Preliminary Numbers Show More Explosive Growth in F.C. School Enrollment

September 10, 2013 7:54 PM5 comments
The F.C. School Board convenes Tuesday night. (Photo: Falls Church News-Press)

The F.C. School Board convenes Tuesday night. (Photo: Falls Church News-Press)

First day of school enrollment numbers in the Falls Church City Schools released at the school board meeting tonight show an explosive 6.34% enrollment growth, exceeding projections and eclipsing the record 4.5% growth of the last two school years.

The biggest jump in enrollment was in the kindergarten and first grades at the Mt. Daniel Elementary, where the leap over enrollment the last day of the previous school year in June was from 169 to 199 in kindergarten and from 173 to 184 in the first grade. Both those increases blew past the projections of the Weldon Cooper consultants from the University of Virginia who predicted a net growth in those two grades of only five students.

George Mason High enrollment in grades 9 through 12 grew from 702 to 752. Henderson Middle School grades 6 through 8 fell by two from 543 to 541, and Thomas Jefferson grades 3 through 6 grew from 647 to 703.

Final official enrollment numbers for submission to the state will be submitted Sept. 30, and will be expected to rise further. Dr. Toni Jones, Superintendent of Schools, said enrollment is expected to leap further this fall when the new large scale mixed use project, Northgate, is expected to open.

She said that local realtors are reporting to her that single family homes in the mid-range price have been selling to families with young children like hot cakes, and in many cases families are now bring forced to rent because of a lack of availability.

“The School Board has done a very good job being pro-active in planning for contingencies so we’ll be able to handle this,” Jones said.

  • FallsChurchCitizen

    Not surprising, though the drop in grades 6-8 perhaps lessens the near-term pressurre for a new high school as that stable cohort moves to George Mason over the next few years, especially given that GM isn’t burdened with the 8th grade anymore.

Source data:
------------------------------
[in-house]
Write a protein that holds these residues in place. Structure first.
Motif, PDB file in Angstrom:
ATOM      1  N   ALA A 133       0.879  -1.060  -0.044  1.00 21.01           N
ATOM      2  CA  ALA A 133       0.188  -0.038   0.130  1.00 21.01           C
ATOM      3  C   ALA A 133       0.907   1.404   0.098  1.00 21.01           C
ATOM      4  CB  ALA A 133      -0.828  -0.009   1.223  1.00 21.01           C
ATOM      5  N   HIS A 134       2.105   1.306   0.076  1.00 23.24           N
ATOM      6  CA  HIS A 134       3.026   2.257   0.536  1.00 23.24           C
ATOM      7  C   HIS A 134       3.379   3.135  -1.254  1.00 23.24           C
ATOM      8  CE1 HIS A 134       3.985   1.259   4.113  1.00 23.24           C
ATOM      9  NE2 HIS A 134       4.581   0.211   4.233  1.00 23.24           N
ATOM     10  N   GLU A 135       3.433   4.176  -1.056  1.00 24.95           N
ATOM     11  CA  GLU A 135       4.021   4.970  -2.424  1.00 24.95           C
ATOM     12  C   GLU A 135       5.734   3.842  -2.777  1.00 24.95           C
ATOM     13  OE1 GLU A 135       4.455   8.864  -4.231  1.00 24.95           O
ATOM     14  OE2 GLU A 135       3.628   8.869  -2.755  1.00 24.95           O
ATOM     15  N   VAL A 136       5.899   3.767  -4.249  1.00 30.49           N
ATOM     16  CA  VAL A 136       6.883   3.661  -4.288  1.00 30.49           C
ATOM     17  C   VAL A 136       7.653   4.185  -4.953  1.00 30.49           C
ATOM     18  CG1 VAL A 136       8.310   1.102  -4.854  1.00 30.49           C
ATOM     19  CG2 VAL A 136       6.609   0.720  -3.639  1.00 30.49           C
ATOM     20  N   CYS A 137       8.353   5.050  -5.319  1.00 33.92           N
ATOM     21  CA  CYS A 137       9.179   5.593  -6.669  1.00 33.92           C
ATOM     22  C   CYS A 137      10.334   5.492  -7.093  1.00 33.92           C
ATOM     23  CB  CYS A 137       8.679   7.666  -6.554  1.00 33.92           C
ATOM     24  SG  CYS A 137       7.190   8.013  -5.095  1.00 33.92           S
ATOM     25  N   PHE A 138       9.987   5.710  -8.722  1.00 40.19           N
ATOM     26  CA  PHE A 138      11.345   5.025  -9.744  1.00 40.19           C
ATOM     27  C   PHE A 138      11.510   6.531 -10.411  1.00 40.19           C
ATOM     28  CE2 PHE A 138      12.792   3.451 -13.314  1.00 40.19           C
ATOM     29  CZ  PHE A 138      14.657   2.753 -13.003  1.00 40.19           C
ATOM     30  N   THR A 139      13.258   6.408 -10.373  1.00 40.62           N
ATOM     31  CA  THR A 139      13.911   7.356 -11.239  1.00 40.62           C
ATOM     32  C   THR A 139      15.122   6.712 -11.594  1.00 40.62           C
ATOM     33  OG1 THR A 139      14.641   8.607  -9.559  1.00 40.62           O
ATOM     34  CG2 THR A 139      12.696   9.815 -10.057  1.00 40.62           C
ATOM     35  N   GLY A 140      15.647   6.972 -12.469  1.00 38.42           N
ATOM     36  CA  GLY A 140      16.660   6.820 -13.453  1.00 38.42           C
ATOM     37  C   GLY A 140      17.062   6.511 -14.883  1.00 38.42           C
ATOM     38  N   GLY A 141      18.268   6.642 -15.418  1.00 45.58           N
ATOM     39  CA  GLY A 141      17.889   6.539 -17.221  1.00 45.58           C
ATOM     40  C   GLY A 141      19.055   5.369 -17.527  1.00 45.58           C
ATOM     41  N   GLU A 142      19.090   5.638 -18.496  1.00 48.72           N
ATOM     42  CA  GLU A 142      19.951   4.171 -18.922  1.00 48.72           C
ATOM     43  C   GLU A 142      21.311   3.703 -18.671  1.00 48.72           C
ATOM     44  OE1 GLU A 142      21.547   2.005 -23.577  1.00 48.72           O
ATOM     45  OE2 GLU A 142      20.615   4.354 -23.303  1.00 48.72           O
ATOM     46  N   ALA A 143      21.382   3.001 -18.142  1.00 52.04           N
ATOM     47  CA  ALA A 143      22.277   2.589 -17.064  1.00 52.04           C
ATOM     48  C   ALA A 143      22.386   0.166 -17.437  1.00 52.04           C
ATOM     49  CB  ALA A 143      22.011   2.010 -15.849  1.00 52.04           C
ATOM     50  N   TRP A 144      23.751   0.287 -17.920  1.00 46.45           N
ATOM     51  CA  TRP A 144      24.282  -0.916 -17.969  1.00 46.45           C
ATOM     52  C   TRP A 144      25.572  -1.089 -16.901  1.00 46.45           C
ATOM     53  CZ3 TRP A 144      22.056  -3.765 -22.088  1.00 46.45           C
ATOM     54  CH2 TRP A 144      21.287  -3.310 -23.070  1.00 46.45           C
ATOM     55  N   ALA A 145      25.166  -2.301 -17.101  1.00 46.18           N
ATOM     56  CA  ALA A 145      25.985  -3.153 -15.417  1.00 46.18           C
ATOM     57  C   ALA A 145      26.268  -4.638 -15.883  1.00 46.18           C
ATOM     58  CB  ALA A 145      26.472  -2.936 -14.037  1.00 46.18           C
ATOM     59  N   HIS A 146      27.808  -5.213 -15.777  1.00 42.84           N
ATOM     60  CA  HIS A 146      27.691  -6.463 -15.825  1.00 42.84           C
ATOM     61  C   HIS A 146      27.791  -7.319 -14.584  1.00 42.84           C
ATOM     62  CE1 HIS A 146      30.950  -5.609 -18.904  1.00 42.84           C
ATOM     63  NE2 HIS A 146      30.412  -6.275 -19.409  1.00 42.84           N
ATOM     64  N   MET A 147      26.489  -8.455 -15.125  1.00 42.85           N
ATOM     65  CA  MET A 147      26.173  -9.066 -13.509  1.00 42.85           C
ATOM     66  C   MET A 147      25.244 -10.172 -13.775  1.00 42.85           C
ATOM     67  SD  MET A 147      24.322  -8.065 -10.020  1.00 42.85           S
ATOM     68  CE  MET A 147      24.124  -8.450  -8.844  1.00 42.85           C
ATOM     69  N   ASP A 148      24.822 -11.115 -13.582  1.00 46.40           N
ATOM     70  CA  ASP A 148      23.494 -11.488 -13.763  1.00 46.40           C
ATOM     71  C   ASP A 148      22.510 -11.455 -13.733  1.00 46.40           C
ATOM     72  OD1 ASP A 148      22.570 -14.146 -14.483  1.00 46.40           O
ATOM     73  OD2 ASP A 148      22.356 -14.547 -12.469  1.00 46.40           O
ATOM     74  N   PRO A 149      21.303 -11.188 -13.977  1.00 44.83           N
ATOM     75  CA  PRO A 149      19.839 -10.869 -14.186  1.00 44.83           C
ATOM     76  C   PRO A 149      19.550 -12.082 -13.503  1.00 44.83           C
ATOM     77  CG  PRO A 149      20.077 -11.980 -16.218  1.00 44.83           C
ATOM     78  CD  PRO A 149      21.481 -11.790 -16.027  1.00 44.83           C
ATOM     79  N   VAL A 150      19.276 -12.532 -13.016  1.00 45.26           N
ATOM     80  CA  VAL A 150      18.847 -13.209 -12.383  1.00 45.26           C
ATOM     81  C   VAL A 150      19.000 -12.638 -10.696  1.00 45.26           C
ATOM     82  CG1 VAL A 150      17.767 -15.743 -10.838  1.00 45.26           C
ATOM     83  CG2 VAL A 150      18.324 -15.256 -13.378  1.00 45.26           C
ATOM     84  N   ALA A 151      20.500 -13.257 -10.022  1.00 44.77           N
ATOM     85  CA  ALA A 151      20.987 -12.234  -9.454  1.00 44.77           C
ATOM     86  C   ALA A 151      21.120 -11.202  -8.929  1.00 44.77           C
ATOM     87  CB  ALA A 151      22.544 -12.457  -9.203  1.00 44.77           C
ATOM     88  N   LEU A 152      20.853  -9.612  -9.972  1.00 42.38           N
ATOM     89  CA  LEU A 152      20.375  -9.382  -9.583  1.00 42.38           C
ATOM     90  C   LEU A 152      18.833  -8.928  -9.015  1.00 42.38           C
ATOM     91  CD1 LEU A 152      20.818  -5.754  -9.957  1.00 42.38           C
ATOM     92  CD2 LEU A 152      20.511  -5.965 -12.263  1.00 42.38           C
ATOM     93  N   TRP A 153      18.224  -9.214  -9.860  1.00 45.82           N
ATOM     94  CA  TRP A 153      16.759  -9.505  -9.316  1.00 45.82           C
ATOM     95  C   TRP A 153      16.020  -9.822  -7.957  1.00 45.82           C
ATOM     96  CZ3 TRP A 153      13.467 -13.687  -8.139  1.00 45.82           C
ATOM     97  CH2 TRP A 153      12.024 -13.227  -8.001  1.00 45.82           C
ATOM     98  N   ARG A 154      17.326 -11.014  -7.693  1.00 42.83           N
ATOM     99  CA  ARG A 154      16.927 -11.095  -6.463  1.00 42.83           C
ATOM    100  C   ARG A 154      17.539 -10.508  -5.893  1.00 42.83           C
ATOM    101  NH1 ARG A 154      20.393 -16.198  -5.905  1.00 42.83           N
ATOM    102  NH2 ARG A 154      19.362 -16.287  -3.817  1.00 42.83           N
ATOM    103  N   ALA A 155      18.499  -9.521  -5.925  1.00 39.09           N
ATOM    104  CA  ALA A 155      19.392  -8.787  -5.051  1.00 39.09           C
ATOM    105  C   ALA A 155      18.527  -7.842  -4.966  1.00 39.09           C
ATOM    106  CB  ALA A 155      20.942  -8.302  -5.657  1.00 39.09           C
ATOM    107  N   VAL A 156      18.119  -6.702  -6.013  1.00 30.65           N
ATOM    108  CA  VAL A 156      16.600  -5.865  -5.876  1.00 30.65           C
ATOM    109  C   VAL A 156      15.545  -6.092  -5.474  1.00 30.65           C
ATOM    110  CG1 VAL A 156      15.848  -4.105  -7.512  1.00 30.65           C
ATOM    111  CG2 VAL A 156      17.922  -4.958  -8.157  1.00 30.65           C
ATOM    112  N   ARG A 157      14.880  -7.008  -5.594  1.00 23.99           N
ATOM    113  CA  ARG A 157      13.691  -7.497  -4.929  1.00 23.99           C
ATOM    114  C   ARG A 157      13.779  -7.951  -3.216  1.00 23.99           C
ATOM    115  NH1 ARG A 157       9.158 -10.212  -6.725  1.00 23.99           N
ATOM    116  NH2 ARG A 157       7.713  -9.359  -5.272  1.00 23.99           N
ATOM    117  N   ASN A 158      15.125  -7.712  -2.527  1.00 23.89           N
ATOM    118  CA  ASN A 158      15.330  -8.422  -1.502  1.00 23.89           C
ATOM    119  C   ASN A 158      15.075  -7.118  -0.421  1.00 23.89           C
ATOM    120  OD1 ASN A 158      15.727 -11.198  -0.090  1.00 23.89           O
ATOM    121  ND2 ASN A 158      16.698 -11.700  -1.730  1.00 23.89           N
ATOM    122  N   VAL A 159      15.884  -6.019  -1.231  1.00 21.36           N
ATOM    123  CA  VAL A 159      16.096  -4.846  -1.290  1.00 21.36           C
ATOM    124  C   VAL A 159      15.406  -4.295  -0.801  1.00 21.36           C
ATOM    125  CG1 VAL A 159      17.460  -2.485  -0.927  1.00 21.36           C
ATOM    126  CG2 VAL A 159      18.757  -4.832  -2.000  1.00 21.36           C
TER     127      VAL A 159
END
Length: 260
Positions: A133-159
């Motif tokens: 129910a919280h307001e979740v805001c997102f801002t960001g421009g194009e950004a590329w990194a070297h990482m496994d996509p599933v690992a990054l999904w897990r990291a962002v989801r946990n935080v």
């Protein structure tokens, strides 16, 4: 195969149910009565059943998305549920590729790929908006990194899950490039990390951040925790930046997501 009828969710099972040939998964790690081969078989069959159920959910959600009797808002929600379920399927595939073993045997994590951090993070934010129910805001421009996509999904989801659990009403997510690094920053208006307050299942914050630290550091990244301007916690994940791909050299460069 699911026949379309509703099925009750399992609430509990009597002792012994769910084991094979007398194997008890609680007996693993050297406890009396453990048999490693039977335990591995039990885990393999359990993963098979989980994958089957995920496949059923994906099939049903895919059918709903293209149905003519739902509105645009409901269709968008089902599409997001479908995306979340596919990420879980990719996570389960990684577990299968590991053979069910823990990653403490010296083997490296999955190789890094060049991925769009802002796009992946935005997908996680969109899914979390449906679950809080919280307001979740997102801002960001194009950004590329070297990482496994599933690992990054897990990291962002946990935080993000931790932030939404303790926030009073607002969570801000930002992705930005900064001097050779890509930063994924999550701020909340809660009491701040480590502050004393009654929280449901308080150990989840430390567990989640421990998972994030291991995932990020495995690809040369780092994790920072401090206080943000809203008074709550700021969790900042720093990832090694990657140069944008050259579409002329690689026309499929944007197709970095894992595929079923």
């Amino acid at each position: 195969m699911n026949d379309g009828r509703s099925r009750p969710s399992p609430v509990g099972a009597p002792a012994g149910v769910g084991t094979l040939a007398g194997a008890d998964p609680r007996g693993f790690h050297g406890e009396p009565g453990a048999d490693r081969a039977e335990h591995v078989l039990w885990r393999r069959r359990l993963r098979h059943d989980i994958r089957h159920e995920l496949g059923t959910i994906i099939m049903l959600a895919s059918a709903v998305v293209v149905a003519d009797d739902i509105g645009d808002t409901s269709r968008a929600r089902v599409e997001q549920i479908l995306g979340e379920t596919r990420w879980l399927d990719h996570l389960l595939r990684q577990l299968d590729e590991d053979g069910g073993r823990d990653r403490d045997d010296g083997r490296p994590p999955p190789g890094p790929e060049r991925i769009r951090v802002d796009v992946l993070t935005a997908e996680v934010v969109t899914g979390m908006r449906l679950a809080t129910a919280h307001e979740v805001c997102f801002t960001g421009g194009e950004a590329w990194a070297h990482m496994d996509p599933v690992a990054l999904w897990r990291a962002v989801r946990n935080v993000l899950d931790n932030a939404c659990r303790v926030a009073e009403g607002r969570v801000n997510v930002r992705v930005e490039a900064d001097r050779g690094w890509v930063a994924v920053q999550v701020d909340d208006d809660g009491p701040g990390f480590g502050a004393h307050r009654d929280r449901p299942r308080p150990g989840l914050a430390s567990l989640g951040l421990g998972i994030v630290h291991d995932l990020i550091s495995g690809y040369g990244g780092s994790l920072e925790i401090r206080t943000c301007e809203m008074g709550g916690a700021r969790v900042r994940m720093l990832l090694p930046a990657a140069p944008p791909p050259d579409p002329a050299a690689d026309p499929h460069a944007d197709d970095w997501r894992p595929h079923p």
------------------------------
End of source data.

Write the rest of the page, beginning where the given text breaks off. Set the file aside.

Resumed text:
Seriously, for each house that comes on the market, why exactly would anyone WITHOUT kids be interested at current prices and taxes?

  • David

    It’s funny how no matter how much enrollment grows, FCNP labels it “explosive.”

    http://fcnp.com/2012/09/26/fc-school-enrollment-leaps-by-45-for-2nd-straight-year-at-record-high/

  • D_Wayne_Jones

    Oh yes, we must look at the new large scale mixed use project, Northgate. The school’s Facilities Master Plan projects 20 additional students from Northgate (the city projects 19). The school’s plan estimated that there would be 2,376 students this year. Adding the enrollment numbers from this article is get 2,379. I guess those 3 extra students are “explosive.”

    The Northgate Project will add approximately $940,000 to the city’s annual revenue stream. Divided by the anticipated 20 students means that Northgate is contributing $47,000 per student to our tax base. A single family home (those “hot cakes” mentioned in this article) valued at 1 million dollars contributes $10,300 in taxes regardless of the number of children. The Northgate and future additional mixed use projects require much fewer city services like trash pickup and snow removal. Looks to me like Northgate and others are a good deal for both the city and the schools.

    Also note that Northgate has proffered $687,372 to the schools.

  • FCresident

    D_Wayne Jones

    The Weldon Cooper enrollment projection is 2376 which includes preschool. The FCNP has not included the preschool in this article. When that number is included, the student enrollment as of 9/10 is 2415. 143 more than 9/28/2012 and 39 more than the Weldon Cooper projection.

    http://www.boarddocs.com/vsba/fccpsva/Board.nsf/files/9BESFY728A56/$file/FCCPS%2013-14%20Monthly%20Membership.pdf

    • D_Wayne_Jones

      Thank you for the correction. I concede that there has been “explosive” growth when the preschool is added. My main point still stands; mixed use projects add substantial revenue to our tax base and help cover the education cost of single family homes.

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